Adoption, it appears, is for TV ratings
It takes a long time to come to terms with some diagnoses, and the fact that you may be unable to conceive a child is one of them, but there is a solution: adoption.
It offers couples the opportunity to raise and love a child, and give the child a loving home and family that it did not possess. And yet, even though adoption generally turns out to be a mutually happy solution, it is a serious process, and an emotional one; the journey is not easy.
Prospective parents looking to adopt a child are vetted in a notoriously rigorous manner. Their ages, health, social reputation and financial standing are thoroughly investigated before they receive a child. But this initial investigation is only the beginning.
Imagine the agonised soul searching of an adopting couple.
Should their child be told? Islam advises parents to tell the child very soon, which is a good idea in most cases. The premise is that every human being has a right to his past, to know about it. A young child is quicker to accept the information compared to an older one, while it may come as a great shock for an adult to discover that he was adopted after a lifetime of assuming otherwise.
It is often an outsider who is aware of the adoption, and who has no qualms about crushing everyone else in the stampede to be the ‘first to tell,’ who is responsible for the child being given this information in an inappropriate manner. There are such people in every society.
Sometimes the child finds out not as a deliberate act on someone’s part, but because that someone may have spoken of the matter in front of their child and that child blurts it out as children do. It is impossible to contain the information genie (something that our Ministry of Information and Technology would do well to remember).
When and how should a child be given such information? Above all, what should he be told so that his trauma is minimised?
Family and friends of adoptive parents are taken into confidence selectively, only so that the circumstances of adoption are not insensitively revealed to the child. Revealing such information is done carefully, after deliberation and at the right time.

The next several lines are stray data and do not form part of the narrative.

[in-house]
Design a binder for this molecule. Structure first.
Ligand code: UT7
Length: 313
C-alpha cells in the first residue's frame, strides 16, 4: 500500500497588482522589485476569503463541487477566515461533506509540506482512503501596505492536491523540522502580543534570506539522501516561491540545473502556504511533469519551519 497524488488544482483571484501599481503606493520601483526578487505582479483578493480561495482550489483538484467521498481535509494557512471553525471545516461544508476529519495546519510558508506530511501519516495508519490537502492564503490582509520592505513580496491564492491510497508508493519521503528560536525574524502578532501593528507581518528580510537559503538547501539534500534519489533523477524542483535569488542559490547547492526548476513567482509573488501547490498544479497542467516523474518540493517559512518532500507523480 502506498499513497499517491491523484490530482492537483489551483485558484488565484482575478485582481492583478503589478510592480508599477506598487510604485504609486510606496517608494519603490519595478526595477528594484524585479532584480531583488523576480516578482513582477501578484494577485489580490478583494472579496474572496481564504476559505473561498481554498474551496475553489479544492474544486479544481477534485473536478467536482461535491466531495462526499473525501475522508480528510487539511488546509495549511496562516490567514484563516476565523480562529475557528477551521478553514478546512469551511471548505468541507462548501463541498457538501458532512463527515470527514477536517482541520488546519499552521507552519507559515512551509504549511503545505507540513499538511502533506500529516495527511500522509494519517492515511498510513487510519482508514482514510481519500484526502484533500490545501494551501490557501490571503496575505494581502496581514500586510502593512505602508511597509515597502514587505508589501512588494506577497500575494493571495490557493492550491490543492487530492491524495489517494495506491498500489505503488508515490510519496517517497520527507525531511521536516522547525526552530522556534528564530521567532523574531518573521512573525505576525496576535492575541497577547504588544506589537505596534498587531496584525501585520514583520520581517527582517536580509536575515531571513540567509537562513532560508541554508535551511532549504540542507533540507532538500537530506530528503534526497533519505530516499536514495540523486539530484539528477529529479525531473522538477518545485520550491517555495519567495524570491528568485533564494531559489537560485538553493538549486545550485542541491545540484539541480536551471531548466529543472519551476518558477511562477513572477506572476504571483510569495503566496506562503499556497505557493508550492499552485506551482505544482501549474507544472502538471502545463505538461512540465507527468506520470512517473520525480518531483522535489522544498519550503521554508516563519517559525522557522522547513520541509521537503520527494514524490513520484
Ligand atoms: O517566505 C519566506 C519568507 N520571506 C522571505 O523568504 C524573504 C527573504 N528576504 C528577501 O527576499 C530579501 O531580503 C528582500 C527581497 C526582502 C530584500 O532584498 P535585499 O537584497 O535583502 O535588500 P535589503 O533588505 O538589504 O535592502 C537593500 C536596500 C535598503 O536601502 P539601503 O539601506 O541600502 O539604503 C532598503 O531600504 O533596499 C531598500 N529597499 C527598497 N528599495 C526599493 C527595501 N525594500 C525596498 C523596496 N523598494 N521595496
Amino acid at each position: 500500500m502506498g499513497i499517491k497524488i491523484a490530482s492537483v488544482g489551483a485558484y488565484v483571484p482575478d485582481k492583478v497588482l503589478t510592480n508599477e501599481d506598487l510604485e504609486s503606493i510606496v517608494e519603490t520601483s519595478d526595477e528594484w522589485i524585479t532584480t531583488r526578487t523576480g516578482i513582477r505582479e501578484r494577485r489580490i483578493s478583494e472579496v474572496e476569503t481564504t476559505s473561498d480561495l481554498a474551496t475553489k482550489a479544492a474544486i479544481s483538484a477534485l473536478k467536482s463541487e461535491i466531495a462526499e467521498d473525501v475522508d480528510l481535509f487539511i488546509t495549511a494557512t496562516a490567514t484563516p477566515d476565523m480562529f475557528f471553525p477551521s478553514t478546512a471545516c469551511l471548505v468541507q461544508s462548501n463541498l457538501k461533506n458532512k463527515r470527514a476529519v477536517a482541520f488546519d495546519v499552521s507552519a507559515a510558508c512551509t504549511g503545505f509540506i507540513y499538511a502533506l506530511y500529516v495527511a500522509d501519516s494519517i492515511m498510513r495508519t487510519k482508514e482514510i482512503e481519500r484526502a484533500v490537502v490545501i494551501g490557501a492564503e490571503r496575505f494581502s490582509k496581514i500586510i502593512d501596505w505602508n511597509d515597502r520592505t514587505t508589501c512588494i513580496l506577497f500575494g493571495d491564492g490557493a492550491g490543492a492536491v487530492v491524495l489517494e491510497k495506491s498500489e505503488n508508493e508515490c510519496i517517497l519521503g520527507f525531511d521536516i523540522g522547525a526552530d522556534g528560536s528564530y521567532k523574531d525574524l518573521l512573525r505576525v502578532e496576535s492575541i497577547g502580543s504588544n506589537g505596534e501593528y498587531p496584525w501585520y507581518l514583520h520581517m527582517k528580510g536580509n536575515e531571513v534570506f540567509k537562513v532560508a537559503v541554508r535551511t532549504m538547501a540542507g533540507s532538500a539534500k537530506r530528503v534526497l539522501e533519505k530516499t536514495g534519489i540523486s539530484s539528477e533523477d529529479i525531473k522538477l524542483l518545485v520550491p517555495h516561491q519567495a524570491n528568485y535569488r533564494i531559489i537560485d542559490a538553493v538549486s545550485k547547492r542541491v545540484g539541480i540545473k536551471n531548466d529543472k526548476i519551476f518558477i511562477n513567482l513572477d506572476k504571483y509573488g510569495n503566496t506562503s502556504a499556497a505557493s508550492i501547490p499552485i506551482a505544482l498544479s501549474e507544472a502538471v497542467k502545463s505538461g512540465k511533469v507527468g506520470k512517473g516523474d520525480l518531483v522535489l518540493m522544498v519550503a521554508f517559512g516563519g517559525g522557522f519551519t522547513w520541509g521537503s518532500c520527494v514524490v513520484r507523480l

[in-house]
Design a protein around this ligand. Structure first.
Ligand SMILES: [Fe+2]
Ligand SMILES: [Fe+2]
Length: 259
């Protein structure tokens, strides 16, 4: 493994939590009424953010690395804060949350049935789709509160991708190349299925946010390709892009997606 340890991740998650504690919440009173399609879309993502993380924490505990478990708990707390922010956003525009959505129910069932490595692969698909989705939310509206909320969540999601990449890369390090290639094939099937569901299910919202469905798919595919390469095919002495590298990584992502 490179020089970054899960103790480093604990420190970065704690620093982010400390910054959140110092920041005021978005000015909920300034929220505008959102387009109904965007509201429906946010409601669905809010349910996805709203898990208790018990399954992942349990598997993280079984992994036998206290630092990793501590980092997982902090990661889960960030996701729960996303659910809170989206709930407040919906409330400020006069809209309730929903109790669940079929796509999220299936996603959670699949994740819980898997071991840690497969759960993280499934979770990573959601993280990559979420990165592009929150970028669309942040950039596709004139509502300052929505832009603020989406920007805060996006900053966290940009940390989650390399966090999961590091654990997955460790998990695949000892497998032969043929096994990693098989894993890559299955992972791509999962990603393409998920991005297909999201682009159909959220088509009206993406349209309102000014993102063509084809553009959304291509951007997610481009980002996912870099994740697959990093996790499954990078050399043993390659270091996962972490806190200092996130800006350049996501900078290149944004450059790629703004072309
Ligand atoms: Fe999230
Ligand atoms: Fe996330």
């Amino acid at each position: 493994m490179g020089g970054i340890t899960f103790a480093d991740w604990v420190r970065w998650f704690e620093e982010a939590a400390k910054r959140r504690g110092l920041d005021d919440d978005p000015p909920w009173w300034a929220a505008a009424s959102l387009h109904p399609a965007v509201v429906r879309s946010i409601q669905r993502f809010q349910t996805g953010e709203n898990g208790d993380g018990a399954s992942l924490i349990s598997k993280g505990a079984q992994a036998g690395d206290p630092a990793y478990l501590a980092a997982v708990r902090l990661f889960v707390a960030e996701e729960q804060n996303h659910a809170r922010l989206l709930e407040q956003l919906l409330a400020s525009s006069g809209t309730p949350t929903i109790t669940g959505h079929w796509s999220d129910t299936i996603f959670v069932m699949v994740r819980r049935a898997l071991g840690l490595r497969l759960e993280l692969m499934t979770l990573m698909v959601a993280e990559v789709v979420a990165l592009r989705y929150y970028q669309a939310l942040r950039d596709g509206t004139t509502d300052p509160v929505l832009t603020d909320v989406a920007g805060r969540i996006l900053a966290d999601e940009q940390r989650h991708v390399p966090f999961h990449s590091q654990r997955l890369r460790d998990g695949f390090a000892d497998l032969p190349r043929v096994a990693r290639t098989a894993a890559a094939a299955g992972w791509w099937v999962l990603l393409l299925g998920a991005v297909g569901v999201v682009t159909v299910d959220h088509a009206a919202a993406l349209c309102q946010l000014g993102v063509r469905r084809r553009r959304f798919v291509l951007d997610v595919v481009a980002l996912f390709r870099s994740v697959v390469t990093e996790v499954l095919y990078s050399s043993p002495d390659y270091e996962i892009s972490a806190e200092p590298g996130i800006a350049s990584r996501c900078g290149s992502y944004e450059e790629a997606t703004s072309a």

The last place in which to do this is (as happened to someone I knew) at the time of marriage when the bride saw her natural parents’ names on the nikkah nama; or on public television, as is being done these days.
“This is a beautiful girl who was thrown on a pile of garbage by somebody,” cooed the presenter of a show, displaying a baby in his arms to the camera before adding, “See how pretty and innocent she is?”
I wonder if he realised that in addition to be being pretty and innocent, she was also a human being, with a life purpose beyond the presenter’s personal ratings on television. Surely there is something distinctly sick about such ruthlessness.
The adoptive parents’ identity was not hidden from the public. It is easy to imagine a day in the future when this innocent, unwary child is taunted at school by other children in ways that I cannot bear to mention here. A brilliant way to find out, isn’t it?
Where is Pakistan Electronic Media Regulation Authority (PEMRA) when you need it?
PEMRA, for once rightly, put its foot down and took a commercial advertising Josh contraceptives off air, although its exact motives are unclear, whether they were against contraception, or the distasteful angle from which the product was advertised. Either way, who will make the manufacturers of Josh contraceptives apologise for this commercial? And exactly who is going to stop such irresponsible personalities, who in their ruthless stampede for ratings hand out children for adoption on national television?
Sometimes, when authorities fail, the public can achieve the desired results, such as when the British magazine OK printed what it called the ‘Duchess Diet’, and readers threatened to boycott the magazine for its tasteless discussion of the duchess of Cornwall’s weight, right after she had been delivered of a baby. The magazine was forced to apologise.
The suppression of discussion about such incidents only allows such acts to proliferate. Pakistan, with its mind boggling population should learn to encourage adoption, and also to be more sensitive towards the problems inherent in the process, to protect adopted children in this society.
The views expressed by the writer and the reader comments do not necessarily reflect the views and policies of The Express Tribune.